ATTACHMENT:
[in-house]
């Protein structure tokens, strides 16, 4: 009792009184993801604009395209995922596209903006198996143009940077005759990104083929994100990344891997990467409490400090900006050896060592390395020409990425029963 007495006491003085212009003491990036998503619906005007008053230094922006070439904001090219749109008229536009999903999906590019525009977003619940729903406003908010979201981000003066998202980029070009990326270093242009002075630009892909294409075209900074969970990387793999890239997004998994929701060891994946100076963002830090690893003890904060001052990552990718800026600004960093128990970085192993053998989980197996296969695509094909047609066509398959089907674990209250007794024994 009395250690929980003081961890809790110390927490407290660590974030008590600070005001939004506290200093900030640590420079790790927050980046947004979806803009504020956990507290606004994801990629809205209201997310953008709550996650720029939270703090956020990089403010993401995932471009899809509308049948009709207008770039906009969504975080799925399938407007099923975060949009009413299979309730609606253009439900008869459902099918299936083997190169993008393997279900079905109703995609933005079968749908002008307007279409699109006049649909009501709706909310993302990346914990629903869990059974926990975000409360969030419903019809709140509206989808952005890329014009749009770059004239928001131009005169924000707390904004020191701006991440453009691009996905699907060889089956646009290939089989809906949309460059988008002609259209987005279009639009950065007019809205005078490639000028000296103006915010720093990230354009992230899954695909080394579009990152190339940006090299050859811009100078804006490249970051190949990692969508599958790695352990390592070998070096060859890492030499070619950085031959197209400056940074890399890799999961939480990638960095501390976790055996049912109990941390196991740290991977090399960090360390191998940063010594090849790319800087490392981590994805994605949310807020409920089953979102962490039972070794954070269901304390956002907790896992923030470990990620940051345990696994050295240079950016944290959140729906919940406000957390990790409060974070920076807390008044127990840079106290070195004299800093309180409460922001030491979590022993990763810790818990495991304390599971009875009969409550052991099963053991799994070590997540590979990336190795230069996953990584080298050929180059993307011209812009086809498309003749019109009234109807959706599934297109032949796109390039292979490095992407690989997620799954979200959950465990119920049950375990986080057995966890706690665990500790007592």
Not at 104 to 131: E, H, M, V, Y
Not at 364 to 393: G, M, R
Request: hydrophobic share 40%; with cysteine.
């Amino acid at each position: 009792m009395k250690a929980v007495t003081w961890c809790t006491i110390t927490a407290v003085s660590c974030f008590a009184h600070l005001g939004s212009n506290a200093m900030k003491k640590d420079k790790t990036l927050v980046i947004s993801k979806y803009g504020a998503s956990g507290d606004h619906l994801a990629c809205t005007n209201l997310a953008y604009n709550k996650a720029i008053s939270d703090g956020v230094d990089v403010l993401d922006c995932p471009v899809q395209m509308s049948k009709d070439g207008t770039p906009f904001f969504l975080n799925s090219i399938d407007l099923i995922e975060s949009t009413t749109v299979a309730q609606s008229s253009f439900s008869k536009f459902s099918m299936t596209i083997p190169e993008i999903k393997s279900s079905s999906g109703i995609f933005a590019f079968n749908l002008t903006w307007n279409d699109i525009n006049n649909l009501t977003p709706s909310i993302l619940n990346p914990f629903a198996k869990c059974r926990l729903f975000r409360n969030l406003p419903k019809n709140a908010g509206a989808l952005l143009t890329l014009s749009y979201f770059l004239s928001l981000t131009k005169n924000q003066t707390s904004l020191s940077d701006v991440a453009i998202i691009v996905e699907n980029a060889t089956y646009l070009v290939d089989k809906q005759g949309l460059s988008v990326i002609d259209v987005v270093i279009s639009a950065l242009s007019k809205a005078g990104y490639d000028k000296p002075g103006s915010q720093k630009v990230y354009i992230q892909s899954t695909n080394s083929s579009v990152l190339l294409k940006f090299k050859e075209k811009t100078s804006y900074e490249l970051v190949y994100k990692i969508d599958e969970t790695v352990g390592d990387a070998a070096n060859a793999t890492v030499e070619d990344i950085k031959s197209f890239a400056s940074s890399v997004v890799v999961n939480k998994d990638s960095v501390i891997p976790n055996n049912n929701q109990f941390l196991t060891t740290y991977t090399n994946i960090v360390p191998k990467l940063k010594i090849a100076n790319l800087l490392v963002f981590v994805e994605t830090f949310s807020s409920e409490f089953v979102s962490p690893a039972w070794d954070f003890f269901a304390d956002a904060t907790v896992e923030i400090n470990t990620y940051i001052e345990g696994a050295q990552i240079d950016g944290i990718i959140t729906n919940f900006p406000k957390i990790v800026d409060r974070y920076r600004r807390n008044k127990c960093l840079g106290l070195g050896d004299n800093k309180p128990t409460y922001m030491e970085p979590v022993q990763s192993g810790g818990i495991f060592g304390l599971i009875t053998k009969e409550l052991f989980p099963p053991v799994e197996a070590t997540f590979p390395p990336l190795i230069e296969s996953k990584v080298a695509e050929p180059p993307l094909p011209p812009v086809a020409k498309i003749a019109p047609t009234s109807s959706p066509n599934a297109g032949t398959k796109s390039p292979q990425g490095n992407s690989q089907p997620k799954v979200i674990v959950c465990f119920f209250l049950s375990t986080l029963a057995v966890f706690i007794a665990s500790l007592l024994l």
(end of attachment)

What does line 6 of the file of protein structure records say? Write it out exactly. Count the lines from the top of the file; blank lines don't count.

């Amino acid at each position: 009792m009395k250690a929980v007495t003081w961890c809790t006491i110390t927490a407290v003085s660590c974030f008590a009184h600070l005001g939004s212009n506290a200093m900030k003491k640590d420079k790790t990036l927050v980046i947004s993801k979806y803009g504020a998503s956990g507290d606004h619906l994801a990629c809205t005007n209201l997310a953008y604009n709550k996650a720029i008053s939270d703090g956020v230094d990089v403010l993401d922006c995932p471009v899809q395209m509308s049948k009709d070439g207008t770039p906009f904001f969504l975080n799925s090219i399938d407007l099923i995922e975060s949009t009413t749109v299979a309730q609606s008229s253009f439900s008869k536009f459902s099918m299936t596209i083997p190169e993008i999903k393997s279900s079905s999906g109703i995609f933005a590019f079968n749908l002008t903006w307007n279409d699109i525009n006049n649909l009501t977003p709706s909310i993302l619940n990346p914990f629903a198996k869990c059974r926990l729903f975000r409360n969030l406003p419903k019809n709140a908010g509206a989808l952005l143009t890329l014009s749009y979201f770059l004239s928001l981000t131009k005169n924000q003066t707390s904004l020191s940077d701006v991440a453009i998202i691009v996905e699907n980029a060889t089956y646009l070009v290939d089989k809906q005759g949309l460059s988008v990326i002609d259209v987005v270093i279009s639009a950065l242009s007019k809205a005078g990104y490639d000028k000296p002075g103006s915010q720093k630009v990230y354009i992230q892909s899954t695909n080394s083929s579009v990152l190339l294409k940006f090299k050859e075209k811009t100078s804006y900074e490249l970051v190949y994100k990692i969508d599958e969970t790695v352990g390592d990387a070998a070096n060859a793999t890492v030499e070619d990344i950085k031959s197209f890239a400056s940074s890399v997004v890799v999961n939480k998994d990638s960095v501390i891997p976790n055996n049912n929701q109990f941390l196991t060891t740290y991977t090399n994946i960090v360390p191998k990467l940063k010594i090849a100076n790319l800087l490392v963002f981590v994805e994605t830090f949310s807020s409920e409490f089953v979102s962490p690893a039972w070794d954070f003890f269901a304390d956002a904060t907790v896992e923030i400090n470990t990620y940051i001052e345990g696994a050295q990552i240079d950016g944290i990718i959140t729906n919940f900006p406000k957390i990790v800026d409060r974070y920076r600004r807390n008044k127990c960093l840079g106290l070195g050896d004299n800093k309180p128990t409460y922001m030491e970085p979590v022993q990763s192993g810790g818990i495991f060592g304390l599971i009875t053998k009969e409550l052991f989980p099963p053991v799994e197996a070590t997540f590979p390395p990336l190795i230069e296969s996953k990584v080298a695509e050929p180059p993307l094909p011209p812009v086809a020409k498309i003749a019109p047609t009234s109807s959706p066509n599934a297109g032949t398959k796109s390039p292979q990425g490095n992407s690989q089907p997620k799954v979200i674990v959950c465990f119920f209250l049950s375990t986080l029963a057995v966890f706690i007794a665990s500790l007592l024994l």